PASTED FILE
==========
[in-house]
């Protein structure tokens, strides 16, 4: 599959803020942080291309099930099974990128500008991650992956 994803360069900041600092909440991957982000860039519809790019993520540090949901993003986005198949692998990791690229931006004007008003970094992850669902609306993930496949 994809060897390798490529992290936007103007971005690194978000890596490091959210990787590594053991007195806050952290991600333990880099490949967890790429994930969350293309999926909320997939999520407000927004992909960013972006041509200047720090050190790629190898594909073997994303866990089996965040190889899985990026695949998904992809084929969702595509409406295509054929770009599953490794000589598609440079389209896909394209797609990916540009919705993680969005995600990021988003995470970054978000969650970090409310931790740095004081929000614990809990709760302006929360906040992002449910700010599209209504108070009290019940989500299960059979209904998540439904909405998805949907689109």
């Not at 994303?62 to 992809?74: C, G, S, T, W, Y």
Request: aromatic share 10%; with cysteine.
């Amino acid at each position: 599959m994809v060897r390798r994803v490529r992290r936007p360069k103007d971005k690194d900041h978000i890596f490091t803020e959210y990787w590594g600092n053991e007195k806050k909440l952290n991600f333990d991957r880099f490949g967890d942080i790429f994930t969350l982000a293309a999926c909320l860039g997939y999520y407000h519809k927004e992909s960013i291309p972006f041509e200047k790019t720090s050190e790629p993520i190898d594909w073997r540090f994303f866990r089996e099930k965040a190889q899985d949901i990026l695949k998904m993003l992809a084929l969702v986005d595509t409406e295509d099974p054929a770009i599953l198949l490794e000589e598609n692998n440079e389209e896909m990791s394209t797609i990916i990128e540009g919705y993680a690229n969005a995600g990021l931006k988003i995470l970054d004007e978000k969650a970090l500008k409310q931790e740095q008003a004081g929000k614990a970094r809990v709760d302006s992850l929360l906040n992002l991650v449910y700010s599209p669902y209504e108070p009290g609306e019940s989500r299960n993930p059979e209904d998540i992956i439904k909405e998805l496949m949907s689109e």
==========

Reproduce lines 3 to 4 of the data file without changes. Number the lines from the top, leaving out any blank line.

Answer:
């Not at 994303?62 to 992809?74: C, G, S, T, W, Y």
Request: aromatic share 10%; with cysteine.